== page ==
Chesed Amitie: A true kindness

Photo courtesy Rabbi Billy.

By David Benjamin Lex / El Inde

The line to meet with the Rebbe was as long as ever. Any time Rabbi Menachem Mendel Schneerson would open his doors in Crown Heights, Brooklyn, NY to receive visitors, hundreds of people from all over the world would gather. Many were neatly dressed head to toe in black, waiting hours for just a few moments with the Rebbe. Hoping to receive a bit of his wisdom.

“To go see the Rebbe, it wasn’t a simple situation,” remembers Rabbi Lewkowicz. “Special times the Rebbe would make himself available to talk to people, and the lines were massive.”

Rabbi Philip Lewkowicz, known to all as Rabbi Billy, is now in constant motion. His hands punctuate his every sentence as he tells me the story of his singular meeting over a video call.

While Rabbi Billy recounts the meeting, he is transported back in time to New York, when his beard was still reddish brown. The sleeves of his white collared shirt are rolled up to his elbows and white tassels called Tzitzit hang down from his waist over black pants. A yarmulke sits atop the energetic 62-year-old’s crown, surrounded by a horseshoe of white hair, but most of his hair is now located on his chin. His beard is grey and white, long and wispy, and when he’s teaching it frames a near-constant smile, interrupted mostly by his stories.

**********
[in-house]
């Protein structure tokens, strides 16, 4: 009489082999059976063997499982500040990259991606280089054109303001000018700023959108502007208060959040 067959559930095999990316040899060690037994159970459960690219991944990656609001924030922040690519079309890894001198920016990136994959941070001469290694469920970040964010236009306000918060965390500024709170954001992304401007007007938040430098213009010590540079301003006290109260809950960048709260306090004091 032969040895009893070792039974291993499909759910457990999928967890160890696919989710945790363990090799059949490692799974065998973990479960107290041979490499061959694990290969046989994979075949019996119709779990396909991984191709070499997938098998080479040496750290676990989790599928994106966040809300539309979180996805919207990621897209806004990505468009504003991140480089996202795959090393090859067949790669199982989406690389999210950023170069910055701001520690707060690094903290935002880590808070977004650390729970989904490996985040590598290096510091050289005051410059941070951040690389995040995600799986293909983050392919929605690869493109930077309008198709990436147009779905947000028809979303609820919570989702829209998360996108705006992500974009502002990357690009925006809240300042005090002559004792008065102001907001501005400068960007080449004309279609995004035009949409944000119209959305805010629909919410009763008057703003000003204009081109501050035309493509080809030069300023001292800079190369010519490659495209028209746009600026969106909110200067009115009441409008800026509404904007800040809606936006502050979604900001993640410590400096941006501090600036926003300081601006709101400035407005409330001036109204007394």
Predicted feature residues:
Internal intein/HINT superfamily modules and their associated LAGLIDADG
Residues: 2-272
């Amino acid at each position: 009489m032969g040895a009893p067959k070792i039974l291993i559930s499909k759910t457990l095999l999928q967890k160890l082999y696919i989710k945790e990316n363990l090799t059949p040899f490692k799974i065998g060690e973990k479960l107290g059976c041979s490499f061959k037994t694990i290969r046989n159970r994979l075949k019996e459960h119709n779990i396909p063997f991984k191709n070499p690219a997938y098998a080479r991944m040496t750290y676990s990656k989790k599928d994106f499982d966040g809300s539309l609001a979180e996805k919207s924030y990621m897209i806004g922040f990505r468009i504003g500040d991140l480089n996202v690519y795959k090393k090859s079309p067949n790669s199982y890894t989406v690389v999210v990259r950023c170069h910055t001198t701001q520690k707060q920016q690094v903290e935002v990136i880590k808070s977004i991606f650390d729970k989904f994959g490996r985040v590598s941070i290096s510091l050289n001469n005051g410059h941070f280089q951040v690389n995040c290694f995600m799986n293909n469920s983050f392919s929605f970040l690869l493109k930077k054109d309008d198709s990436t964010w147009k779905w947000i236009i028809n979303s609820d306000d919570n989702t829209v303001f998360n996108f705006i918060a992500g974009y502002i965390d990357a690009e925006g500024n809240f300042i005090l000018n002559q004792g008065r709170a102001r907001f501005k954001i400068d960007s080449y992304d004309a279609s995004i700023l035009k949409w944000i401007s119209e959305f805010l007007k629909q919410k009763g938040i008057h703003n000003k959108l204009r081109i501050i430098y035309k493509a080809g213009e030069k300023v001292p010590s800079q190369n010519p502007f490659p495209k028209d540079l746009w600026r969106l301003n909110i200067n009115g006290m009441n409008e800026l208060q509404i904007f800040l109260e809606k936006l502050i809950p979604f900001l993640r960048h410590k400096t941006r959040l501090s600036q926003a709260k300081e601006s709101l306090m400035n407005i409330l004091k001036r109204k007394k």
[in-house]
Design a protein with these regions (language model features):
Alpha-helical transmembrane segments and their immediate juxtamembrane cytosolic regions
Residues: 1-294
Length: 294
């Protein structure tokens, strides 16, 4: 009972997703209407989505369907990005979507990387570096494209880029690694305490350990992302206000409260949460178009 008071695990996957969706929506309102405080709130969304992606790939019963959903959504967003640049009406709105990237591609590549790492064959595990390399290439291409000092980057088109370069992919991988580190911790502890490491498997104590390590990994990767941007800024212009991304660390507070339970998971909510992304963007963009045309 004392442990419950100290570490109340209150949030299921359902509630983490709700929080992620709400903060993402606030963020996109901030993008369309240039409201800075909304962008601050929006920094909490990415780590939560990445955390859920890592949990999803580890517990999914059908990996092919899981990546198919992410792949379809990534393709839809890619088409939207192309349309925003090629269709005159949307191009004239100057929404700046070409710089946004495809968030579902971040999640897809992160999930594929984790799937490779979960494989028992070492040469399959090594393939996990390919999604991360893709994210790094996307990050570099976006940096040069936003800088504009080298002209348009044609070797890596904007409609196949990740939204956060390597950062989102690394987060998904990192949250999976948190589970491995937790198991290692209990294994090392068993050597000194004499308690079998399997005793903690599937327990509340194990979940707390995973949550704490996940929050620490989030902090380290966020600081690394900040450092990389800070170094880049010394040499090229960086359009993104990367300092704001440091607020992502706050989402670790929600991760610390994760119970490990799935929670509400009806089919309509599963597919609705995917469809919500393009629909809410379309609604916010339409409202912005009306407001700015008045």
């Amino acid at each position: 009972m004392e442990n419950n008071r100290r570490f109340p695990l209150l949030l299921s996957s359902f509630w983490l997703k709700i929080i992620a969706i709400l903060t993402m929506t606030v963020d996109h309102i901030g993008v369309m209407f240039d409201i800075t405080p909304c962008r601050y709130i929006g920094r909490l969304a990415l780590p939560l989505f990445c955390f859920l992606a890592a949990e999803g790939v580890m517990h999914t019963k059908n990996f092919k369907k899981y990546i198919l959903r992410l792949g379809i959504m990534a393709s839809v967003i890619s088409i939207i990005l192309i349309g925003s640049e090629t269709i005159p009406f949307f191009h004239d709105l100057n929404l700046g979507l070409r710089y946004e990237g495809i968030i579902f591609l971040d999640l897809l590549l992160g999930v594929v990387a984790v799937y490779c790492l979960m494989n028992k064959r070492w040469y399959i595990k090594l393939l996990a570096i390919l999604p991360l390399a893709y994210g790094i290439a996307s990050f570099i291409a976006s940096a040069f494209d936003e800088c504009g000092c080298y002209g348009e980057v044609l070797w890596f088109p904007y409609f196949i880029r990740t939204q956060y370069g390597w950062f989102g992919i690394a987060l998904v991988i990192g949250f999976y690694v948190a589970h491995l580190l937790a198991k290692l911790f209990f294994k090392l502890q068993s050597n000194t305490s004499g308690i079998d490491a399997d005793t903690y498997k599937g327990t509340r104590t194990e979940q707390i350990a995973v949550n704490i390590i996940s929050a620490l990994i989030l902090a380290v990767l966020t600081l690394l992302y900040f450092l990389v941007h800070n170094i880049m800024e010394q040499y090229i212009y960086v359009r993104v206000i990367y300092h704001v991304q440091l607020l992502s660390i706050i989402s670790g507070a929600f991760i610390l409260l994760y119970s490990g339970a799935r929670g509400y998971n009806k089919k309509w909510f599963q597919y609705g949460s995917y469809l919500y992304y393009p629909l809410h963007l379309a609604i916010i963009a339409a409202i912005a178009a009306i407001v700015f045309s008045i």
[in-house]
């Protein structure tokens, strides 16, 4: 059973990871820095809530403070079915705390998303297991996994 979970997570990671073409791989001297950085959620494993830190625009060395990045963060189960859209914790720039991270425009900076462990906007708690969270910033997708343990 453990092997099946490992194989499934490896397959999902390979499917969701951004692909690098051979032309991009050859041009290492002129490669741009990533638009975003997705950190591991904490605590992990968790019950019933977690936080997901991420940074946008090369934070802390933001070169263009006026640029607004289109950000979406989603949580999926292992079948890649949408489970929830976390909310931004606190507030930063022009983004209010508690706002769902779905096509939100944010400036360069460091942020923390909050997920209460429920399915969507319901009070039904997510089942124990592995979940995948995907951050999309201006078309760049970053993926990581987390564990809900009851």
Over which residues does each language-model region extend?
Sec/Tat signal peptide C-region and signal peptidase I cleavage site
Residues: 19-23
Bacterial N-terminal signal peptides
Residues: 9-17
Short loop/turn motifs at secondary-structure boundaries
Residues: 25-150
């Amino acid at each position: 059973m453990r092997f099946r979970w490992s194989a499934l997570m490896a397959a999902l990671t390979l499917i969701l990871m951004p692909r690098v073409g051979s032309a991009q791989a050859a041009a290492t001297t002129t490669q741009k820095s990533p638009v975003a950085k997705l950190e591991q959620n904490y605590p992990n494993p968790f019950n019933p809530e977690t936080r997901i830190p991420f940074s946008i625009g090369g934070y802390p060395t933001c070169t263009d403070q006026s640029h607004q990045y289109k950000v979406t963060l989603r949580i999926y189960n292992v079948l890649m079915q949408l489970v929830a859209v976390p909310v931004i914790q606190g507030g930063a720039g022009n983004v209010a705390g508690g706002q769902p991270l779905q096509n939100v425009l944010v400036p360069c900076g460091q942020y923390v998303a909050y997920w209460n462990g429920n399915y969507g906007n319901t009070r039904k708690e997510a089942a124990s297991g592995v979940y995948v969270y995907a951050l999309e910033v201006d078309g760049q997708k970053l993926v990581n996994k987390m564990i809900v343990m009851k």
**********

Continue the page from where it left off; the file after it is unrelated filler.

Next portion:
Read the entire article here.

David Benjamin Lex is a Tucson native and a student studying journalism at the University of Arizona.

Print Friendly, PDF & Email

'Chesed Amitie: A true kindness' has no comments

Be the first to comment this post!

Would you like to share your thoughts?

Your email address will not be published.

For advertising information, please contact